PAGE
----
Moved to CDs for Volume 32 while I made cranberry sauce. This is one of the six True Value collections I bought from the hardware store in Cape May during the late 90's and early 2000's when they were owned by the company. Favorites here include "Christmas In Your Arms" by Alabama, "Christmas Is the Time" by Lou Rawls, "The Christmas Waltz" by Nancy Wilson, "Christmas Passing Through" by the Roches, and "Christmas for Every Boy & Girl" by Clint Black.
Finished the night online with more game shows on YouTube. I enjoyed Buzzr's Black Friday Frenzy so much, I thought I'd do my own version tonight. Supermarket Sweep goes further back than most people realize. The original version actually debuted in 1965. Only a single episode from 1967 exists today...or maybe two, given the returning champs are different in each part. There's a lot that's different here, from everyone being allowed to keep their groceries to filming in a real grocery store to everyone being allowed to keep what they get in the Big Sweep.
The original pilot for the 1990 Supermarket Sweep came closer to the first show than the version every 90's cable fan knows and loves. David Ruprecht himself introduces the copy shown at Wink Martindale's YouTube channel. Once again, they filmed in an actual supermarket. It was a more formal affair, with David in a suit and everyone in good clothes. As with the original, there were fewer of the mini-games, too. Not only did this pilot add the 5,000 bonus round, but one of the couples became the show's first big winners with at least ten seconds left on the clock.
The original 60's daytime Let's Make a Deal is mostly gone, but the late 60's-70's syndicated version is pretty much intact. That show barely changed in 50 years, except to change out Monty Hall for Wayne Brady in the current itineration. Even in the 1970 episode I watched, it's still people in crazy costumes swapping deals around with Monty, hoping to avoid zonks. They did win a car here, and got the Big Deal, too.
Fortunately, the entire almost 50-year-run of The Price Is Right remains intact. I went with an early episode from 1973. This is a half-hour show that's played more like the nighttime shows from a decade later. Bob Barker brings people into mini-games and eventually the Showcase Showdown, but there's still no wheel or extra 1,000.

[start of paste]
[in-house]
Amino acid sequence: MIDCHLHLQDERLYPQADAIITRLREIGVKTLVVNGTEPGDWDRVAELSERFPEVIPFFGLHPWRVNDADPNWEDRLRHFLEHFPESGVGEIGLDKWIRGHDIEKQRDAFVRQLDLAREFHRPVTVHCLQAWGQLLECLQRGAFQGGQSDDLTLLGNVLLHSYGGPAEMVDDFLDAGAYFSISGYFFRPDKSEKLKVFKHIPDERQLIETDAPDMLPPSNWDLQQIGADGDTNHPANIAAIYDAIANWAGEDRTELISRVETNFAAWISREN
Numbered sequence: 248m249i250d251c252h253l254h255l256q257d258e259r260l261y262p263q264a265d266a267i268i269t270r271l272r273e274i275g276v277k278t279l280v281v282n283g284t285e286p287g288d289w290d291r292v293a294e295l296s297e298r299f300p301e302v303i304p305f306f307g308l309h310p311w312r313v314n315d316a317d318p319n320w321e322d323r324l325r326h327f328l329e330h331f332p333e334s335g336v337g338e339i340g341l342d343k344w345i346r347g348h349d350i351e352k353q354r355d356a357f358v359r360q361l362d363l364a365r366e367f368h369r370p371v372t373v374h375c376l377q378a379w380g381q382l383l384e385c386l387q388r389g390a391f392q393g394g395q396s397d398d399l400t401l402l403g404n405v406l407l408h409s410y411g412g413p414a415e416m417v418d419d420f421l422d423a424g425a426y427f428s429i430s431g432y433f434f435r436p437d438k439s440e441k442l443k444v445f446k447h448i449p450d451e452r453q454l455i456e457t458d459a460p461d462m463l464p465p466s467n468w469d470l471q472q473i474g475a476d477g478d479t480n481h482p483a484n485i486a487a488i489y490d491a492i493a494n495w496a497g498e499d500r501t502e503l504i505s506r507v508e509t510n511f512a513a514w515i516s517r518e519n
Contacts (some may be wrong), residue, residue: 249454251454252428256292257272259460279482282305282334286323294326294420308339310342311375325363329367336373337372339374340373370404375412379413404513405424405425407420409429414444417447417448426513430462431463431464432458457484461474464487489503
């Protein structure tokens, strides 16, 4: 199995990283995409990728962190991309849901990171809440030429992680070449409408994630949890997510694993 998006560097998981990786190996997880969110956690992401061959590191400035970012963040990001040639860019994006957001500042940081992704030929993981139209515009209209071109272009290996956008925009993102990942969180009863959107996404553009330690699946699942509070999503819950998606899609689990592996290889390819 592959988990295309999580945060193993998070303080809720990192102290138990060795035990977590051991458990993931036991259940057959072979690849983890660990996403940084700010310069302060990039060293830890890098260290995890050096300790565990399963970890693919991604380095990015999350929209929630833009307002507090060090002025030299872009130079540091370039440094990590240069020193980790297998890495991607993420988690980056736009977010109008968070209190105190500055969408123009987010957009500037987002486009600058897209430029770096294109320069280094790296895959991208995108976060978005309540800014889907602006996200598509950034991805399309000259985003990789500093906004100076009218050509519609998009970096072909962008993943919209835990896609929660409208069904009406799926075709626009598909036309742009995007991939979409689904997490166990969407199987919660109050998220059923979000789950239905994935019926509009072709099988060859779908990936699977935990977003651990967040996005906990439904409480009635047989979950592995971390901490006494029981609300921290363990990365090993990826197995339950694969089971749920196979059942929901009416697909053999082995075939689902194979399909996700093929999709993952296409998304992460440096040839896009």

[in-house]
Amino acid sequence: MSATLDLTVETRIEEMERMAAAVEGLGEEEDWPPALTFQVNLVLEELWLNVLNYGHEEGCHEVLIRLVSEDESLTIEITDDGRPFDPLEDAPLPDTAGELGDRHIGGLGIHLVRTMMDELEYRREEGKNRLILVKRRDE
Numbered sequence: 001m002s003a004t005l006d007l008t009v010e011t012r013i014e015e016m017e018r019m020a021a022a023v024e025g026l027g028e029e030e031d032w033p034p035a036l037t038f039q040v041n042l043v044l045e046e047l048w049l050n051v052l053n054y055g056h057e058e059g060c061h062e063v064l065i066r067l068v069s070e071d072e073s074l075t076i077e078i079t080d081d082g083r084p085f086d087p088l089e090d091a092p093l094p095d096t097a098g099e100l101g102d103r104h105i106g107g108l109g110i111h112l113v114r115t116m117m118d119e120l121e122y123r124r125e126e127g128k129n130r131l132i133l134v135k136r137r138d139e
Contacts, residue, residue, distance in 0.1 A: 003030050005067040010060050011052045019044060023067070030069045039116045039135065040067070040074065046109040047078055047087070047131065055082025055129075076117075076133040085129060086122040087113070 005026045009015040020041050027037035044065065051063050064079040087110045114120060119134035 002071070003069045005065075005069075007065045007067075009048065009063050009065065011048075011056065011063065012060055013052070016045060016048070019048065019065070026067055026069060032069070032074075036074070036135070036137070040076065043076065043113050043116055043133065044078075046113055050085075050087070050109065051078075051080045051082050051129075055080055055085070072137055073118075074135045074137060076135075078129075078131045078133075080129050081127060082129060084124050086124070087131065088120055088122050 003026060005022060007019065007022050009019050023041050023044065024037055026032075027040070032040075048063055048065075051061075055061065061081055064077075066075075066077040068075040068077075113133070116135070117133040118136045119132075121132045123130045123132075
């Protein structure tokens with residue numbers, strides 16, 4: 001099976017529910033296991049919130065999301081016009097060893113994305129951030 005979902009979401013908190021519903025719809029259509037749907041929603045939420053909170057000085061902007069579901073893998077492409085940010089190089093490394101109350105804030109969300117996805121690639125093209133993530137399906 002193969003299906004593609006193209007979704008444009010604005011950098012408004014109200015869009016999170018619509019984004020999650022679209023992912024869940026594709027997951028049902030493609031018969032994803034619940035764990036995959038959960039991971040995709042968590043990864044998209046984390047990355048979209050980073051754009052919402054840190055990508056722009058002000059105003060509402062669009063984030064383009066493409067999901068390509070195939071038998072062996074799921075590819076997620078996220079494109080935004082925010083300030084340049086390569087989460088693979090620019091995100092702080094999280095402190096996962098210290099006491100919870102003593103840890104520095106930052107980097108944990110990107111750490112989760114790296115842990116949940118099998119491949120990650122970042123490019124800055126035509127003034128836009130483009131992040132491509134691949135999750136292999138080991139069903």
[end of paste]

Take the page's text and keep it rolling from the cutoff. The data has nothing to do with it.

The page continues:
Alas, only audio exists online for the original 1969 Sale of the Century. I moved on to a 1984 daytime episode instead. They already had the match-the-prizes board by then, but other things were very different. There was another lady besides Summer Bartholomew and the contestants still picked octagons on the Fame Game instead of pushing a buzzer. The champ got a good run from an older man early in this one, but he bought a vacation that set him back considerably. The champ not only killed at the Speed Round, but he picked up the car on the prizes board.
Shop 'Till You Drop was paired with Supermarket Sweep on Lifetime and PAX (now Ion Television) for most of its off and on run. Shop is basically the same idea as Supermarket, only set in a mall instead of a grocery store. People play pricing games to earn points. Enough points will win the chance to grab packages from the mall "stores" that add up to 1,000. The 1992 episode I watched ended with a couple winning a trip to Zurich, Switzerland.
It was revived and overhauled in 2003. This version moved the action to a Costco-style wholesale market and make some of the mini-games guess-the-person rather than fun with props, and upped the bonus round winnings from 1,000 to 2,5000, but otherwise remained largely the same. I kind of preferred the original version, partially because of the colorful set, and partly because I found the '92 host Pat Finn to be far more appealing than noisy JD Roberto.
Check out these shows as you away to do your own Cyber Monday shopping! As a bonus, Sale of the Century and The Price Is Right come with their original commercials and the commercials from its run on Game Show Network respectively!